Subarachnoid haemorrhage is a leading 'indirect' cause of maternal death in the UK. We describe the case of a 43-year-old woman who presented with headache, photophobia and neck stiffness of sudden onset at 32 weeks' gestation. Cerebral computed tomography demonstrated subarachnoid blood in the cisterns around the midbrain, and oral nimodipine was started to prevent vasospasm. Preparations were made for endovascular coil embolisation in the event of identification of a posterior circulation aneurysm. However, angiography under general anaesthesia failed to reveal any vascular abnormality. On emergence from anaesthesia, headache persisted, and over the next 24 h severe pre-eclampsia developed. magnesium sulphate was started, and urgent Caesarean section performed under general anaesthesia without incident. The rationale for the neuroradiological, obstetric and anaesthetic management is discussed.
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5/124. Cervical subarachnoid hematoma of unknown origin: case report.

    OBJECTIVE AND IMPORTANCE: Spontaneous spinal subarachnoid hematoma is rare, having been reported in the English literature in only seven other cases. We describe the first case of spontaneous subarachnoid hematoma located in the cervical spinal cord of a 43-year-old man. The pathologic examination showed no apparent source of bleeding, but there was evidence of cervical spondylotic myelopathy. CLINICAL PRESENTATION: The patient presented with a 10-day history of severe neck pain, followed by the onset of quadriparesis that was more evident on the left side, urinary retention, and sensory loss below C5. His medical history included hypertension. magnetic resonance imaging showed a massive hemorrhage in the cervical spinal canal. INTERVENTION: A C4-C5 subarachnoid hematoma was removed. The patient died due to respiratory distress and uncontrollable hypotension on day 6 after surgery. Surgical exploration, neuroradiologic examinations, and autopsy showed no evidence of vascular malformations, tumors, or other possible sources of bleeding. CONCLUSION: After excluding more common causes of spontaneous subarachnoid hematoma in this patient, we suggest that chronic spinal cord compression (spondylotic myelopathy) and arterial hypertension in this patient may have caused the pathogenesis of this rare clinical entity. Experimental data supporting this hypothesis are discussed.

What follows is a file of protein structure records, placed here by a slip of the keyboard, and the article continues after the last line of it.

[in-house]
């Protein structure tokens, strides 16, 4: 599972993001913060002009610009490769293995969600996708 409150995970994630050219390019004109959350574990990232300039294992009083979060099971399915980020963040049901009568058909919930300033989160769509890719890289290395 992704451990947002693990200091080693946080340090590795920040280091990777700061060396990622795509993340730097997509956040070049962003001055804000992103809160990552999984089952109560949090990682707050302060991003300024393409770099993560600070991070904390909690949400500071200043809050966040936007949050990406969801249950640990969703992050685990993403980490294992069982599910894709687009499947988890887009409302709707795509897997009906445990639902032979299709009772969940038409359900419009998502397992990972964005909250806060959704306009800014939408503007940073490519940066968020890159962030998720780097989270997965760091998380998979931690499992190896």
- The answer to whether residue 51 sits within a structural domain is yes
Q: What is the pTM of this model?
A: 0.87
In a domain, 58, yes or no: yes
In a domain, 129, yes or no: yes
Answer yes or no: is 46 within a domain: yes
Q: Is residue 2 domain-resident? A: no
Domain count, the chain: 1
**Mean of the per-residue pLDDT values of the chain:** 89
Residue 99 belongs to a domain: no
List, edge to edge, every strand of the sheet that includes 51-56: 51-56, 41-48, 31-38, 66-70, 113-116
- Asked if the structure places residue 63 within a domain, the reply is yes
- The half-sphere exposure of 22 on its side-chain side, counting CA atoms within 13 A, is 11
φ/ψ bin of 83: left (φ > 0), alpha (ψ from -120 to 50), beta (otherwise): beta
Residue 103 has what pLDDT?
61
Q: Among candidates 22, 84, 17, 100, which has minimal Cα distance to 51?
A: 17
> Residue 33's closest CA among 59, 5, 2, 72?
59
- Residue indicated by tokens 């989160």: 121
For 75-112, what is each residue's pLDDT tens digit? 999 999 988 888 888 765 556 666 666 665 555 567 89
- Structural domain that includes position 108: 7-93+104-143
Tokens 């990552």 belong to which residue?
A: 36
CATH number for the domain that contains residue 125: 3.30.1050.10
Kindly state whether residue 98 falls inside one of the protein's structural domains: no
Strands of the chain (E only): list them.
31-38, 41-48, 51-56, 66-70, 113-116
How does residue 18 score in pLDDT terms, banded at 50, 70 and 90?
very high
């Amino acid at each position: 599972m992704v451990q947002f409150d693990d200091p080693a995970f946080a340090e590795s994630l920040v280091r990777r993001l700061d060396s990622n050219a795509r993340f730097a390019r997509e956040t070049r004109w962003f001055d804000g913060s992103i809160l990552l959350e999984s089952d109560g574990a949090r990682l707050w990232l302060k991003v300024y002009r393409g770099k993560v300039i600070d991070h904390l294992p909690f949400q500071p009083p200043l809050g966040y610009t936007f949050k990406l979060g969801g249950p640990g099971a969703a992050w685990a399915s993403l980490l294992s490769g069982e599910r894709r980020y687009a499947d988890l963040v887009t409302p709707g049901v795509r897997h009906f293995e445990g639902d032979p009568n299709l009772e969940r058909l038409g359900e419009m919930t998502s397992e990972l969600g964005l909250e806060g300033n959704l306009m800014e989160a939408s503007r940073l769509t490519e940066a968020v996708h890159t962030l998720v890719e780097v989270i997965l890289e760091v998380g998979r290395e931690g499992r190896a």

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6/124. Traumatic basal subarachnoid hemorrhage due to rupture of the posterior inferior cerebellar artery--case report.